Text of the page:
If you thought that many online resume builders are way too stingy when it comes to the number and variety of templates, Resume.io is even stingier: you can only pick from six templates in total. However, like we said before, if you’re not a subscribed user you cannot see your CV at its best, since you can only download your CV in the virtually unusable TXT format rather in its full PDF glory.
The templates themselves can only be chosen once you deem your resume ready, with the exception of the very first resume, which you can pick a style for in advance. If you want to further customize your CV there are five preset color schemes and a completely custom one, or you can turn on the photo upload feature for the three templates as well. As for anything else, customization is basically out of question.
Quite sadly this resume builder company has a rather questionable pricing policy. Granted, you can create an account for free and you’re not limited by the amount of resumes and cover letters you can create. But the most important feature – PDF download – is only available upon subscription to the paid plans. Thankfully there is a way with which you can temporarily get access to pay-only features as many times as you want: if you successfully convince a friend to subscribe to one of the paid plans, you can download your CV in PDF once.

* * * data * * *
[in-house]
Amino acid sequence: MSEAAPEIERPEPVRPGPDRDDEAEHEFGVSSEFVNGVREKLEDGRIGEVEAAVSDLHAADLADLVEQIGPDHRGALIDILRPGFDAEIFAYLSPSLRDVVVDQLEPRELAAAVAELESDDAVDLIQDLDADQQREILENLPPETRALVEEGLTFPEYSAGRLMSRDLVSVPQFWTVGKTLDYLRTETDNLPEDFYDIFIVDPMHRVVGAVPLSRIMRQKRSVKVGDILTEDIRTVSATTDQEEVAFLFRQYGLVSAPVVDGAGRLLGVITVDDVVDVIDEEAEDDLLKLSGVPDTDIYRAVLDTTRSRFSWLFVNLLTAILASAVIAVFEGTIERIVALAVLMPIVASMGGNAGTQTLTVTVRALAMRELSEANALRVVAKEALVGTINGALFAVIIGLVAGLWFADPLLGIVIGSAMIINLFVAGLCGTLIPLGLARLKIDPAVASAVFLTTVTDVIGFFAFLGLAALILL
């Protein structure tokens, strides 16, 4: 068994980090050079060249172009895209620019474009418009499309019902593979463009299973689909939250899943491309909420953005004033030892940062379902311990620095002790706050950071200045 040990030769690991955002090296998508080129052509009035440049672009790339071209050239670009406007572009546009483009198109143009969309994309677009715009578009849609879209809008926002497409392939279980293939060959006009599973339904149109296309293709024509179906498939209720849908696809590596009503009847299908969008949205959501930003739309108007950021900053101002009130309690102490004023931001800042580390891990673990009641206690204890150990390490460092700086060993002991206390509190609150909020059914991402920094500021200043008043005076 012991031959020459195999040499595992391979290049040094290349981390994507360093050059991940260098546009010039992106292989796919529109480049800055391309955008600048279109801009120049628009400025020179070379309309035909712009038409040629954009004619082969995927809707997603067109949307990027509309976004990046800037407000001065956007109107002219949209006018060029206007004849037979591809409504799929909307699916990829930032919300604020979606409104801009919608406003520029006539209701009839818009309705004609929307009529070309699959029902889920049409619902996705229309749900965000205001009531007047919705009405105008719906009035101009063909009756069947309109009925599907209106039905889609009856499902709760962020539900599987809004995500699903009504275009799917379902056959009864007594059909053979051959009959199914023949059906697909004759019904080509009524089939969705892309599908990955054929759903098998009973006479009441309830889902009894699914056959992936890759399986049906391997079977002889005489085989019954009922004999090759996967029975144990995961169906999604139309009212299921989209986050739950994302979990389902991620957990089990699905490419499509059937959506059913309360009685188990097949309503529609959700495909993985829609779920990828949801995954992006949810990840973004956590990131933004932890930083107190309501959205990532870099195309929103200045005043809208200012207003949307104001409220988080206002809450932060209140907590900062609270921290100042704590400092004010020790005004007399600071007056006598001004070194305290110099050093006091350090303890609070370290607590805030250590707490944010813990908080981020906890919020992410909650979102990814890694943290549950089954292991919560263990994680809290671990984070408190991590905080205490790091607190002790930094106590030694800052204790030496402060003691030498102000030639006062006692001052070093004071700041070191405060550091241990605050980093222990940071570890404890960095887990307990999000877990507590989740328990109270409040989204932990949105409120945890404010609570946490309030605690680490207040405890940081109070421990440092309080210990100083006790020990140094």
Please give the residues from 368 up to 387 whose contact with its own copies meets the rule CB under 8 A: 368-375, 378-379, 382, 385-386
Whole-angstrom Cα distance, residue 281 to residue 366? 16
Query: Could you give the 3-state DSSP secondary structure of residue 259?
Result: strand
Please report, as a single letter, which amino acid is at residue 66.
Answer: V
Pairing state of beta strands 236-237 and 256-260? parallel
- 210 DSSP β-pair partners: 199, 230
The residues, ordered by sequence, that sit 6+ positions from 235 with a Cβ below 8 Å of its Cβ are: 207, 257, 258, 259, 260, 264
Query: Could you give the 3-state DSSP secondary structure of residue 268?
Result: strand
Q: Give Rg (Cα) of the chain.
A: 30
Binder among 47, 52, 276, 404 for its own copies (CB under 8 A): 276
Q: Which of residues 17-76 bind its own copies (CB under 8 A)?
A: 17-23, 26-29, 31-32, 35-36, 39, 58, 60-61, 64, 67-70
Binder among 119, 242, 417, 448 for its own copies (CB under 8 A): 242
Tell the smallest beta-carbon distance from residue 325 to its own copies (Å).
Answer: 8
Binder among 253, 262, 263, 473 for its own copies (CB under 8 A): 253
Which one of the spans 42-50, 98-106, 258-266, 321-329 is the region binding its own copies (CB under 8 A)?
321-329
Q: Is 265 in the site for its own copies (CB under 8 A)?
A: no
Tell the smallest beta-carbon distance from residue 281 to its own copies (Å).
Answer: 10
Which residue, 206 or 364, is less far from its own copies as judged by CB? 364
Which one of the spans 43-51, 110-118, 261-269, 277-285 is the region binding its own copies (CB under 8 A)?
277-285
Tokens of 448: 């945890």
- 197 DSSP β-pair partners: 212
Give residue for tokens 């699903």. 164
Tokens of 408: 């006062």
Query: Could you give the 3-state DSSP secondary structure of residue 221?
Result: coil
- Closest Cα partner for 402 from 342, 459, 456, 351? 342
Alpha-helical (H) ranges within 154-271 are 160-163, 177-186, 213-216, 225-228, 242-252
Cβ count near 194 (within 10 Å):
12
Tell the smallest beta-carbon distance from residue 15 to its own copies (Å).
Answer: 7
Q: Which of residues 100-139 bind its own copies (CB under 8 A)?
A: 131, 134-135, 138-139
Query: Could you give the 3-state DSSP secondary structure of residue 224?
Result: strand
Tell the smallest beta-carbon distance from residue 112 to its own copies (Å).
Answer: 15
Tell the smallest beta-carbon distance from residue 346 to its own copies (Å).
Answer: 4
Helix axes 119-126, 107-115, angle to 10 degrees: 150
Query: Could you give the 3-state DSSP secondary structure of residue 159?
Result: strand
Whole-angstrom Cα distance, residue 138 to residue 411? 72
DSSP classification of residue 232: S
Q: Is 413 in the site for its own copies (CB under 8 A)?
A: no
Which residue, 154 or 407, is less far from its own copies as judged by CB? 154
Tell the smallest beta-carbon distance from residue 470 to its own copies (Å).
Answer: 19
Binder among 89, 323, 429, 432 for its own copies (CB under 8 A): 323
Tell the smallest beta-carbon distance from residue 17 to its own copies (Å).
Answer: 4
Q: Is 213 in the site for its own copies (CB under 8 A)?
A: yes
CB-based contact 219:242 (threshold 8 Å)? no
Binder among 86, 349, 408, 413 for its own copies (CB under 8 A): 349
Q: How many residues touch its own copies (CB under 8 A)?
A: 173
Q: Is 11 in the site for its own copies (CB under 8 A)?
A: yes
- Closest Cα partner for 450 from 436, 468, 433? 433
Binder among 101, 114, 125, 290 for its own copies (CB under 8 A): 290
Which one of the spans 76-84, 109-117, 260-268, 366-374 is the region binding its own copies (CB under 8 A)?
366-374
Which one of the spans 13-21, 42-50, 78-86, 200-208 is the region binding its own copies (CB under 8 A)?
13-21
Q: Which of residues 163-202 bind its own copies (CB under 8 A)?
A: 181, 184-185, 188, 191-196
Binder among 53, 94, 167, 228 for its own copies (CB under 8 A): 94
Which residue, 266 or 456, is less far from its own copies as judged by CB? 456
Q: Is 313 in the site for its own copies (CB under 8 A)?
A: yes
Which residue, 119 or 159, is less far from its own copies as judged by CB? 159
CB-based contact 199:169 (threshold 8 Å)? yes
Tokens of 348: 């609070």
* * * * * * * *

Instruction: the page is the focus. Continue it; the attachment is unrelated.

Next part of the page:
Other than the above workaround, there is no choice but to choose a subscription, though it can be canceled any time you want. You can go with the monthly subscription, which provides the option to try out Resume.io for seven days for $2.95, after which you can either cancel or continue paying $19.95 per month. The other option is to skip the trial period and pay $75 upfront for one year ($6.25 per month) of unlocked access to all premium features and enjoy the services for a whole year without limitations, saving 70% on the subscription fee in the process.